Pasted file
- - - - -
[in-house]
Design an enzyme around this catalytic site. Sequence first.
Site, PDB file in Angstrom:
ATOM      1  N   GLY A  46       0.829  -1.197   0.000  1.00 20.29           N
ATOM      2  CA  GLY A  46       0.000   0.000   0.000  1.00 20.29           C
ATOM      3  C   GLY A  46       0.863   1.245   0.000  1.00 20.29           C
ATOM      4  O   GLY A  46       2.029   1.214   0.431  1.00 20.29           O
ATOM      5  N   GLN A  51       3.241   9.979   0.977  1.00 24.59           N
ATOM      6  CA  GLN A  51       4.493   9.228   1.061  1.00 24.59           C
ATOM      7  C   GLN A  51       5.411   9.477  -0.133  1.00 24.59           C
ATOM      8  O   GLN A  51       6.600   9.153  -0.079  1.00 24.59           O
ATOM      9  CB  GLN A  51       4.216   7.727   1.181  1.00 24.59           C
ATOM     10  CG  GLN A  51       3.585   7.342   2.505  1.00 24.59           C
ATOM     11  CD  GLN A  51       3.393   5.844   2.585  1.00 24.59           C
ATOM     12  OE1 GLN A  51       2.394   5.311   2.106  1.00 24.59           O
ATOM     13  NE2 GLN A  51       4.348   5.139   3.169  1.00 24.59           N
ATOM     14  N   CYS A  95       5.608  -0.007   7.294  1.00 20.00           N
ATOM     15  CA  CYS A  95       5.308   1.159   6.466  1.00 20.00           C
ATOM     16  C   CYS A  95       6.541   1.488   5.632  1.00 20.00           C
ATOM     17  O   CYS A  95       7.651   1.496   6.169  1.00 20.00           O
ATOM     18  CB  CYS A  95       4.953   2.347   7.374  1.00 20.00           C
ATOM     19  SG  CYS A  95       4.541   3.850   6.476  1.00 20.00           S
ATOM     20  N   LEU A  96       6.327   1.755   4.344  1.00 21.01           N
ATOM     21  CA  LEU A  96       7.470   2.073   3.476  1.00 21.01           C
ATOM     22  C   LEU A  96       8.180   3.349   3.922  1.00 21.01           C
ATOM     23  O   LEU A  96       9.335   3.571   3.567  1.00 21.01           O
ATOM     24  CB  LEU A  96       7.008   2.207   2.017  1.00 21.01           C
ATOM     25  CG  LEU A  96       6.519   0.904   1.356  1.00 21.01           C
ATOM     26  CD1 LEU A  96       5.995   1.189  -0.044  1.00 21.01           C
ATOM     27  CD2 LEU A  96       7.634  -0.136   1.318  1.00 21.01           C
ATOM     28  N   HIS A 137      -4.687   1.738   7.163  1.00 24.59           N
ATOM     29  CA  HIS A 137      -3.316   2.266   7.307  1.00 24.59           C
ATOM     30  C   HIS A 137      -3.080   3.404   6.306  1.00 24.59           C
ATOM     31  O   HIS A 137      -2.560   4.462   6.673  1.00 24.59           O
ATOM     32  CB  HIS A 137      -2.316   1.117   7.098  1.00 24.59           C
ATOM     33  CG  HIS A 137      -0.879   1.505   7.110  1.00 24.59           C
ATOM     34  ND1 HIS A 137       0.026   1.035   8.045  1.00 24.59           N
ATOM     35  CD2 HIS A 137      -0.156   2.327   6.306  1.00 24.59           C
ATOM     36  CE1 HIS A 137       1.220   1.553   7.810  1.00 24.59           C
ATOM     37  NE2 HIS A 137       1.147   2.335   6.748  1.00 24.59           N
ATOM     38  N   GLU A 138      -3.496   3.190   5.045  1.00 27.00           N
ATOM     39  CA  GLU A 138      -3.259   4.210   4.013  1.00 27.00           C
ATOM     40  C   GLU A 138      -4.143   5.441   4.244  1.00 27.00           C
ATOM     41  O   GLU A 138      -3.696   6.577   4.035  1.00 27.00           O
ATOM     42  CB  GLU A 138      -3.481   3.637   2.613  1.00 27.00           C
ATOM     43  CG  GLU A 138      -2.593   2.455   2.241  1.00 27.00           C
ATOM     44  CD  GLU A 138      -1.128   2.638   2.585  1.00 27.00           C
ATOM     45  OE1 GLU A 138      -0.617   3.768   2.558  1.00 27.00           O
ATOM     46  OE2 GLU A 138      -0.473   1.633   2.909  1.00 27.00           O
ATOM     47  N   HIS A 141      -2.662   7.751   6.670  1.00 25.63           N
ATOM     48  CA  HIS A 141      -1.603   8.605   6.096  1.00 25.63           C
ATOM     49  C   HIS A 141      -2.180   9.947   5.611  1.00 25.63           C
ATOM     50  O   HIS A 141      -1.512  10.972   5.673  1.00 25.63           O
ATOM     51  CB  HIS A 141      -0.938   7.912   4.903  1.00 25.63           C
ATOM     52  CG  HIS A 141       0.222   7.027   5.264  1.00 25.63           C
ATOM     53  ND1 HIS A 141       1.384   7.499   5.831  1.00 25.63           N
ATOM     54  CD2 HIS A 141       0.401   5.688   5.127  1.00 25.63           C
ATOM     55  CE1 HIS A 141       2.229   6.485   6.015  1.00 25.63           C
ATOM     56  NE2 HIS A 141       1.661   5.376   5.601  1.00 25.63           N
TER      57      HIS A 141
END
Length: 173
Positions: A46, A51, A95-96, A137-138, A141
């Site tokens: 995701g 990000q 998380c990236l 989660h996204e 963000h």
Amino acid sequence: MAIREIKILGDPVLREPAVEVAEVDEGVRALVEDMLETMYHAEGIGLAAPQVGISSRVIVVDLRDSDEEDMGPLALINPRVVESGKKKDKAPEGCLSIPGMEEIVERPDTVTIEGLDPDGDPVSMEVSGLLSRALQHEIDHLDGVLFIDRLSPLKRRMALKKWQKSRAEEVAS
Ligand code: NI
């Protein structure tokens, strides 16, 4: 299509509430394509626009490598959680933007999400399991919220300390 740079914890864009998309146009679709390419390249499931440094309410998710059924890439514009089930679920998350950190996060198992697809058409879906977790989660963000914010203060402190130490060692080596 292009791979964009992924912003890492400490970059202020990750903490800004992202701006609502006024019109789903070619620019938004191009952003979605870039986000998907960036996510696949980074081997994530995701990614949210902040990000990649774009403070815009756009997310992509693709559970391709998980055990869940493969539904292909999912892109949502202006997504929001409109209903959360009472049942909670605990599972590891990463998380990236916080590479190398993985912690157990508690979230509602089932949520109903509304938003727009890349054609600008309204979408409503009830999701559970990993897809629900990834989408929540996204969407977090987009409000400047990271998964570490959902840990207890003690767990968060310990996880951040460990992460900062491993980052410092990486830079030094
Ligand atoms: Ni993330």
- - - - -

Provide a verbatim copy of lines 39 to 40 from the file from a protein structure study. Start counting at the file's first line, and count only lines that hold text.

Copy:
ATOM     36  CE1 HIS A 137       1.220   1.553   7.810  1.00 24.59           C
ATOM     37  NE2 HIS A 137       1.147   2.335   6.748  1.00 24.59           N